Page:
The Administrative Decisions Tribunal says that five Wentworth’s David Keith Louis Raphael (pic) engaged in unsatisfactory professional conduct because he negotiated a settlement for his client, a solicitor, which involved an undertaking that a misconduct complaint against the client be dropped.
Misconduct proceedings against the solicitor, Peter Knudsen, were in train in 2002 in connection with money he owed Bathurst law shop McIntosh McPhillamy & Co.
The firm had complained to the NSW Law Society about Knudsen because he failed to honour an undertaking about the payment of counsel’s fees of $11,860 plus interest.
The Legal Services Commissioner has published a brief report of the disciplinary findings against Knudsen.
The arrangement that Raphael helped negotiate involved Knudsen paying $13,000, while McIntosh McPhillamy undertook to withdraw the complaint and promised not to give evidence in the proceedings against Knudsen.
However, McIntosh McPhillamy partner Christopher Nichols (pic) indicated that he would not resist a subpoena to give evidence, if one were issued by the Law Society.
In the event, the Law Society did subpoena him, and Nichols gave his “fullest cooperation”.
Over three years later, the NSW Bar Association thought this was serious enough to ask the ADT whether Raphael was guilty of unsatisfactory professional conduct or professional misconduct for negotiating this deal for his client.
The Bar n’ Grill alleged that Raphael sought to induce a material witness not to give evidence before the tribunal and obstructed the disciplinary proceedings.
Knudsen believed the complaint against him was a tactic to pressure him into paying the money, so it was thought only natural that withdrawing the complaint would be part of the settlement.
Raphael argued that he and the barrister for McIntosh McPhillamy were both experienced legal practitioners and their negotiations for a settlement indicated “peer approval of its terms and no cognizance of any impropriety”.
He submitted that the barristers involved had no intention of obstructing proceedings before the tribunal and the settlement actually didn’t have any such effect.
Also, he said that no part of the $13,000 paid by Knudsen to the law firm should be seen as consideration for declining to give evidence in the disciplinary proceedings.
However, it was the wording of his handwritten settlement offer to Nichols on behalf of Knudsen that upset the tribunal (Karpin, Robberds and Klika). It included these two paragraphs:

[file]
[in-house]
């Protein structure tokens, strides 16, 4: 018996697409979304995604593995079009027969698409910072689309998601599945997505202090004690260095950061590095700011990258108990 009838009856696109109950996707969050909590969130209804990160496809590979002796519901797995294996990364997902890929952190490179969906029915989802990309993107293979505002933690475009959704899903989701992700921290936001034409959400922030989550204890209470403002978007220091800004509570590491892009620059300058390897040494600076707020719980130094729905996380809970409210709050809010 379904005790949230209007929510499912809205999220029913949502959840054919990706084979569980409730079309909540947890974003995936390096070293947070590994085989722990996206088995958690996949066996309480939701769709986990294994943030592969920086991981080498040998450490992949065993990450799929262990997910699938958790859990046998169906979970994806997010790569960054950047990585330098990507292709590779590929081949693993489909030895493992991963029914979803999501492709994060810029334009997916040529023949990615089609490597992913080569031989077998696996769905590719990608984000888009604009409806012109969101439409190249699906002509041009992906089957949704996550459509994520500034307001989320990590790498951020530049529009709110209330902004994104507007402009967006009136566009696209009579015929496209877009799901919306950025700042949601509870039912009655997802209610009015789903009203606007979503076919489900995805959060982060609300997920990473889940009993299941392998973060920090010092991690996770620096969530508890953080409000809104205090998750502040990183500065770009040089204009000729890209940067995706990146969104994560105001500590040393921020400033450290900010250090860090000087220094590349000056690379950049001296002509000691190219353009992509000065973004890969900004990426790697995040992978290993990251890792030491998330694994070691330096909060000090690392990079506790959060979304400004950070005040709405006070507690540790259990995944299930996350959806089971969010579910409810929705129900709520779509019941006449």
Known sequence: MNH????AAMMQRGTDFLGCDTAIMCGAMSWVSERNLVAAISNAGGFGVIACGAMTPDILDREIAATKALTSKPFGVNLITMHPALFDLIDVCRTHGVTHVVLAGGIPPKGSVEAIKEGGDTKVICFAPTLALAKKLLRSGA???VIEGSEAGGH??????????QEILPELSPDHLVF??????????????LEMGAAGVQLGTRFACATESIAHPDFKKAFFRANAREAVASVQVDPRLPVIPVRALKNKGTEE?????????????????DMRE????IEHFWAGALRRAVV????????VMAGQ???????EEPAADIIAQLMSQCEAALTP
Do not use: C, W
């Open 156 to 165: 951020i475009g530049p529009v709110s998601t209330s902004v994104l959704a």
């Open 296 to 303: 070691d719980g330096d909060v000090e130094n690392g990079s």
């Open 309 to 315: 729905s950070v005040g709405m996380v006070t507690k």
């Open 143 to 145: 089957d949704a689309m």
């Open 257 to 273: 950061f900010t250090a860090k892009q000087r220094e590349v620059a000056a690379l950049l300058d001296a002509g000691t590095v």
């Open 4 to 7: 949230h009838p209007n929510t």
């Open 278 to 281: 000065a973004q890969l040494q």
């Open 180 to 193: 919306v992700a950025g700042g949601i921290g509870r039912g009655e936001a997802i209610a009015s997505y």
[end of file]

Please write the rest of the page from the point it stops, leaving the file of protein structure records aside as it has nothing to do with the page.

(a) That you will not swear any further affidavit nor will you offer to give evidence against Mr Knudsen in the proceedings instituted by the Law Society against him and numbered 012043/01; and
(b) That you will write to the Law Society within seven (7) days after payment of the said sum of $13,000.00 informing the Law Society that the undertaking has now been honoured and that you specifically decline to give evidence in those proceedings and will send a copy of that letter to Mr Knudsen of even date with that to the Law Society.
In cross-examination Raphael conceded that it was a major error of judgment to seek a promise from Nichols not to give evidence.
In retrospect he thought he should not have accepted these instructions from his client, but it did not occur to him at the time that the arrangement could be seen as an obstruction of justice.
However, the ADT thought that some of the $13,000 was consideration for the promise by Nichols not to give evidence.
It stressed that Raphael’s intention was irrelevant rather the question was, did the conduct have “the tendency to impair the tribunal’s capacity to do justice in the proceedings brought by the Law Society against Mr Knudsen”?
An intention to obstruct or interfere with the proceedings before the tribunal does not have to be proved in order for the barrister to be found guilty of unsatisfactory professional conduct.
The ADT applied NSW Bar Association v Meakes  NSWCA 340 in determining that affidavits from three QCs, Priestley, Sullivan, and Slater, all supporting Raphael and testifying to “his good fame and character; his honesty and trustworthiness” were largely irrelevant.
It was also thought to be irrelevant that …
“subsequently Mr Nichols conferred with counsel for the Law Society and that he may have given the Law Society his fullest cooperation. The barrister’s conduct has to be gauged at the date when the settlement was agreed.”
The tribunal did not think Raphael had behaved in a way that could be regarded as “disgraceful or dishonourable by his professional brethren of good repute and competency”.
His actions did not amount to professional misconduct at common law or under the Legal Profession Act 2004.
The fact that negotiations took place when both Raphael and Kearney, for McIntosh McPhillamy, were out of their chambers – Raphael at his farm and Kearney driving to Bathurst – “were not circumstances conducive to mature deliberation”.
The ADT also indicated that “four lawyers were involved and none of them apparently saw anything wrong with what they were doing.”
Since the tribunal believed Raphael’s actions did have the tendency to impair its capacity to do justice in the Knudsen case, it came down with a finding of unsatisfactory professional conduct.
From Justinian’s perspective the whole thing seems lopsided. Justice was still done and Nichols gave evidence. If it was a “tendency” to impair the tribunal’s capacity to do its job, it was a tendency that went nowhere – either at the time settlement was negotiated or subsequently.
And why did it take the Bar n’ Grill three years to bring a case against the barrister?
No punishment has been meted out to date – and really it shouldn’t be more than a light once over with the feather duster.